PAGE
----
Thursday, August 28, 2008

Meeting Sketchbook 8/27-8/28

The beginning of school brings many things- new clothes, sharpened pencils and of course, staff meetings. A few pages of notes-

Sunday, August 24, 2008

EVENT: Book Signing!

On Friday, September 12th at 6pm, I'll be having a BOOK RELEASE PARTY at Subterranean Books in the beautiful Delmar Loop of St. Louis. Please stop by, say hello, and buy a box of books. (What a thoughtful Christmas gift!) If you won't be able to make it to the signing, but would like to support an amazing local bookstore, buy it from Subterranean...  contact them here.

UPDATE: A great new review of the book from School Library Journal.

“What you can know for sure is that this is a book you should add to your shelves.”

HOPKINSON, Deborah. Abe Lincoln Crosses a Creek: A Tall, Thin Tale (Introducing His Forgotten Frontier Friend). illus. by John Hendrix. Random/Schwartz & Wade Bks. Sept. 2008. Tr $16.99.

K-Gr 3–Hopkinson has created a lively, participatory tale that will surely stand out among the many titles published to honor the 200th anniversary of Lincoln’s birth. With a conspiratorial wink at the audience, an omniscient narrator invites readers to watch seven-year-old Abe and his real-life friend Austin Gollaher succumb to the “dare you” lure of a roaring creek and a perilous crossing on a fallen log (an author’s note details the genesis of the story). Imagine where we as a nation might be if unsung-hero Austin hadn’t been there to rescue impetuous Abraham from his tumble into those tumultuous waters. In dialogic asides and exclamations, the author addresses the illustrator and brings him (or, rather, his pencil-wielding hand) onstage to collaborate and correct, and also speaks to readers, inviting involvement and evoking response. Hendrix’s illustrations have a naive and rustic flavor that’s in perfect harmony with the gravelly, homespun narrator’s voice (keen-eyed readers will find a rendering of the storyteller in the endpaper art). Energetic spreads give a big, broad, horizontal view of the green Kentucky valley setting with its rambling curves, rolling mountains, and rushing waters, and a very effective impression of how long that creek-crossing must have seemed…maybe. “For that’s the thing about history,” Hopkinson says, “if you weren’t there, you can’t know for sure.” What you can know for sure is that this is a book you should add to your shelves.–Kathy Krasniewicz, Perrot Library, Old Greenwich, CT

Thursday, August 21, 2008

Summer Books

Thanks to a bedtime routine with my son that gave me an hour of reading time each night, I read a bunch of great books this summer. Now, my wife reads like a teletype machine (that is to say, really fast) but I'm a total book slug. Here is a tiny list of books I've read over the last three months. Did you read anything great on the beach or in the hammock this summer? I'm starting Andrea's favorite book today, A Tree Grows In Brooklyn.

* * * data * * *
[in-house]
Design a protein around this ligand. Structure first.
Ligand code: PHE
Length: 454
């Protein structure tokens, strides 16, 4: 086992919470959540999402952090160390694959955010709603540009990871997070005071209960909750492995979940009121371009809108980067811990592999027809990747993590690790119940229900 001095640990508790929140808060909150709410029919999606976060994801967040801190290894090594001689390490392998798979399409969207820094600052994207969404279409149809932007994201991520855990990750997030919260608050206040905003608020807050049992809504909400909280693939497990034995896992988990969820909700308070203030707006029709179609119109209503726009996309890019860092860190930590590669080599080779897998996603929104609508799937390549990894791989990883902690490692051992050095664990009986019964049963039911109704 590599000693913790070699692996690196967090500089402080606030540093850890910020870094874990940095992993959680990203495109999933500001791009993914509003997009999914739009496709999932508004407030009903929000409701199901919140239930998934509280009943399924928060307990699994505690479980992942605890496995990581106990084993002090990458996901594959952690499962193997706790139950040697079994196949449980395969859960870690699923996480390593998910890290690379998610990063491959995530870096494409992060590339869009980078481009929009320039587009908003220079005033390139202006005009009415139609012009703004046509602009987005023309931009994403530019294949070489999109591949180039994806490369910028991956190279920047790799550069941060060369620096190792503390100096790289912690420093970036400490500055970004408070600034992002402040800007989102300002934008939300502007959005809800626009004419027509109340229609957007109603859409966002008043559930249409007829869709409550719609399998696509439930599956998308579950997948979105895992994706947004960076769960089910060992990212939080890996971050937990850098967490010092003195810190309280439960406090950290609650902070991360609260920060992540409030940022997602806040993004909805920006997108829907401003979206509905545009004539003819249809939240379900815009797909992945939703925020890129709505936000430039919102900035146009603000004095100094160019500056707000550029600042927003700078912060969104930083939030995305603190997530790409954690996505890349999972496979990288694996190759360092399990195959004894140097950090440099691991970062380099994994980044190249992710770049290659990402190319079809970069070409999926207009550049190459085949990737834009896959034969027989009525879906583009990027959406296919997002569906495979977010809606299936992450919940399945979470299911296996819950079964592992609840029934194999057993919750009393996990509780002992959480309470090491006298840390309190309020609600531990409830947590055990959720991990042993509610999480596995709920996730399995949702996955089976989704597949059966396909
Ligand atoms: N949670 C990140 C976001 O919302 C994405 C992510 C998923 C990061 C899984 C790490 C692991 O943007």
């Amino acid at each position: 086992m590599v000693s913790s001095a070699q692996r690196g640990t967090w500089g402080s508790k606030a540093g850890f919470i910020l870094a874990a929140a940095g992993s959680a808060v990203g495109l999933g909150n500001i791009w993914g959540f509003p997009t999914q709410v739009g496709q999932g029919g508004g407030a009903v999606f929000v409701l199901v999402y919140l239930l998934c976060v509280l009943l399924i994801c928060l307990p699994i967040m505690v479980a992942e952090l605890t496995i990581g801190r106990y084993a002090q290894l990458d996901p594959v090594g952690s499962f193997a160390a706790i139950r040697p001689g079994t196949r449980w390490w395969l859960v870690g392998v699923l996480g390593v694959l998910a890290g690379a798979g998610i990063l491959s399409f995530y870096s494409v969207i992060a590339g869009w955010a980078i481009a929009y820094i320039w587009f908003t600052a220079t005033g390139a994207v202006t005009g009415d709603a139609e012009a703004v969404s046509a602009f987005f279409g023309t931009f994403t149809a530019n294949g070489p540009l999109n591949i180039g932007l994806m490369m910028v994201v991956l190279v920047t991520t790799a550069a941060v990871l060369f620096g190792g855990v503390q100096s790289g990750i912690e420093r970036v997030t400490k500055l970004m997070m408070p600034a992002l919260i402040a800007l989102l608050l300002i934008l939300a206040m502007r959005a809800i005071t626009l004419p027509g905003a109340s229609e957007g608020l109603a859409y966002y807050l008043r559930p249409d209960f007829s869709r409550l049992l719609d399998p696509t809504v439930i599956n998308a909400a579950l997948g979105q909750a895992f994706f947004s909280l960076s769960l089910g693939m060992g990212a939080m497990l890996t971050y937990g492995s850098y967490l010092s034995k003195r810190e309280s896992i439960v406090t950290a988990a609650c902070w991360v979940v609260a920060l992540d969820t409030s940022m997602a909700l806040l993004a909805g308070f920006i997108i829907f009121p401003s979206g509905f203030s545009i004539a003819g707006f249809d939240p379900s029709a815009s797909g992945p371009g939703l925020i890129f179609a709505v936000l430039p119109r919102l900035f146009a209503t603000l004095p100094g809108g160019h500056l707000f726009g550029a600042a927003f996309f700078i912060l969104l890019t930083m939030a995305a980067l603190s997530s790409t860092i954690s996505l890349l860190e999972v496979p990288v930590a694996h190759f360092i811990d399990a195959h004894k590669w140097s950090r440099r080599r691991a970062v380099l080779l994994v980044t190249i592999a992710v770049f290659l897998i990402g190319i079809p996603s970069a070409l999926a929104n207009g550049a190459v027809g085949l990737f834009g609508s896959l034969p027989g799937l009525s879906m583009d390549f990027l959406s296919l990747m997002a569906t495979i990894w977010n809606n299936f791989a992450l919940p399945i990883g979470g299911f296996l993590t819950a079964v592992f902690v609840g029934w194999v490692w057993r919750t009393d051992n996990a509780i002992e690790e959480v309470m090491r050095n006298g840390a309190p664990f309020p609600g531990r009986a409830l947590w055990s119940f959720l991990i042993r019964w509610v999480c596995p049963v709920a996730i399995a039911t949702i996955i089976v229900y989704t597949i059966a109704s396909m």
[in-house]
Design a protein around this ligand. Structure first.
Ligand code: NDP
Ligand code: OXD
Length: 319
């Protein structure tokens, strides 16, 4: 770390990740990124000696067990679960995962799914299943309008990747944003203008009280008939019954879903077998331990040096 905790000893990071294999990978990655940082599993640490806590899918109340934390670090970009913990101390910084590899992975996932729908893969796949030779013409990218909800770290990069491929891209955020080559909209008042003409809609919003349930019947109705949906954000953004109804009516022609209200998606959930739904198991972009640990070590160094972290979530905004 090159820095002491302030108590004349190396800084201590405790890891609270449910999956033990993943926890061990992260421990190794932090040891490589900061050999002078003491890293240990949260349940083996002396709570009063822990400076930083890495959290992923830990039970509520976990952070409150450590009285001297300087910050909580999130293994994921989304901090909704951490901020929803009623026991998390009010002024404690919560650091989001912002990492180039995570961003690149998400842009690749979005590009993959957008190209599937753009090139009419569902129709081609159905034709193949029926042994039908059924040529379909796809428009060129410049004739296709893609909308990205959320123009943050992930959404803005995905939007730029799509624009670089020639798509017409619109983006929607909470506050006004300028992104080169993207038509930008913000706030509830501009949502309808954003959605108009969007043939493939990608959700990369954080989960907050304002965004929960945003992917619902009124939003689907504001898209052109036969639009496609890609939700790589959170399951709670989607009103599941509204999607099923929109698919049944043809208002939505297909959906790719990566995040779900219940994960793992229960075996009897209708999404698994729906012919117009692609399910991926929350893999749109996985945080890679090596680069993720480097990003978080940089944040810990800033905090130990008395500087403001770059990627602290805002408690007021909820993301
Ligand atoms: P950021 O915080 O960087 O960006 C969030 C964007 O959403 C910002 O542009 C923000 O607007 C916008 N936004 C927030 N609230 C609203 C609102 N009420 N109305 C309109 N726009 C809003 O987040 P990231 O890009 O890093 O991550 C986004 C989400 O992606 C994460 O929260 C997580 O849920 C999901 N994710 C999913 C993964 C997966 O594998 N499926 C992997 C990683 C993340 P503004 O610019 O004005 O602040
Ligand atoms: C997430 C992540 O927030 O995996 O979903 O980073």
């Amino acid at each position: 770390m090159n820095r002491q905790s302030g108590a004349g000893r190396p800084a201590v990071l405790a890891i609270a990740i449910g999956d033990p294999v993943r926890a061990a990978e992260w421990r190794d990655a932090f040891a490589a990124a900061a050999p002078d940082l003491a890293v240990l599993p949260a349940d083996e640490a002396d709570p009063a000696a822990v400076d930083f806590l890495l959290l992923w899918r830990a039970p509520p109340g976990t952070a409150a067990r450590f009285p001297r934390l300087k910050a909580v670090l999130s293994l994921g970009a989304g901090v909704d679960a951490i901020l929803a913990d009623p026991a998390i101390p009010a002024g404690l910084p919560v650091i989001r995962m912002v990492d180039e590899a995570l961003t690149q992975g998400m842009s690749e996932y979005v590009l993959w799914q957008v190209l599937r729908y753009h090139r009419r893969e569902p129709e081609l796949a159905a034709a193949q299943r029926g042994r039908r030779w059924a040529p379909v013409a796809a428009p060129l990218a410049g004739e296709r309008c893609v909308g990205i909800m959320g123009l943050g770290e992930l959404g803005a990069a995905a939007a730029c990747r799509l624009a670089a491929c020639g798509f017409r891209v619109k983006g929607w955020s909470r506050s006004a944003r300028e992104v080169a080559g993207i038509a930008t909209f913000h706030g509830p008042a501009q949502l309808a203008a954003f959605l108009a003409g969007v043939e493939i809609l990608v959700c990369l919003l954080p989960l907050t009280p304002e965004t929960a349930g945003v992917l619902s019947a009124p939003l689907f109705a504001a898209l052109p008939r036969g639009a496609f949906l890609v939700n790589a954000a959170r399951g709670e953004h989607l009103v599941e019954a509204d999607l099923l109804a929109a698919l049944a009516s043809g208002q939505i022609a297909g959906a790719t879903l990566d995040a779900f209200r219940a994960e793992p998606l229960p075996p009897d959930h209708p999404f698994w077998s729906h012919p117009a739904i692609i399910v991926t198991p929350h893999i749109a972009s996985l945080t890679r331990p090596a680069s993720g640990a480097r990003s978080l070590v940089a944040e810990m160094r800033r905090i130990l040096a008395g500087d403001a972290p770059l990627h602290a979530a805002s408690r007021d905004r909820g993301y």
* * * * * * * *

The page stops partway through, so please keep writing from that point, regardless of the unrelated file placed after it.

Monday, August 11, 2008

Drawing In Church- 8/10

My former muse, pastor Michael Gordon, who has left the midwest for the deep south, returned to St. Louis for a wedding and preached for ol' times sake. As usual, he didn't disappoint. Also, starting a new sketchbook. I'm not sold on the horizontal format just yet, and the paper is a bit different. I'll give it another week or two.

Monday, August 04, 2008

More Abe Lincoln News

My first kids book, Abe Lincoln Crosses a Creek, comes out next month, and you can already pre-order it from Amazon.

A few weeks back, I got my first look at the final product, and if I do say so myself, it looks pretty great. I'll be having a book release party and book signing at Subterranean Books in St. Louis this September. More info on that to come soon.

UPDATE: A bigger image of the cover is below. Plus, we just found out we got a great review in the Horn Book Magazine:

Abe Lincoln, a storyteller of great repute, would be hard-pressed to beat Hopkinson’s considerable skills in recounting this incident from childhood, in which Lincoln’s friend Austin Gollaher saved him from drowning in the rushing waters of Kentucky’s Knob Creek. Hopkinson speaks directly to readers, saying of her tale: “I like it so well, I’ve asked my friend John to help out by drawing some pictures.” Even though this slice of historical fiction is set “on the other side of yesterday, before computers or cars, in the year 1816,” metafictive elements (Hopkinson’s personal comments; Hendrix’s illustrations that often appear in situ on the drawing board, with pen or pencil still on the page) provide immediacy. Best of all, Hopkinson addresses the unknowns in history when she recounts how Austin saves young Abe. “He pulls Abe out by his shirttail. Or maybe he uses a sycamore branch—or a fishing pole. We’ll let John decide which sketch to paint. For that’s the thing about history—if you weren’t there, you can’t know for sure.” Add that thought to a rousing telling, and here’s a story worth waiting one hundred and ninety-two years for. b.c.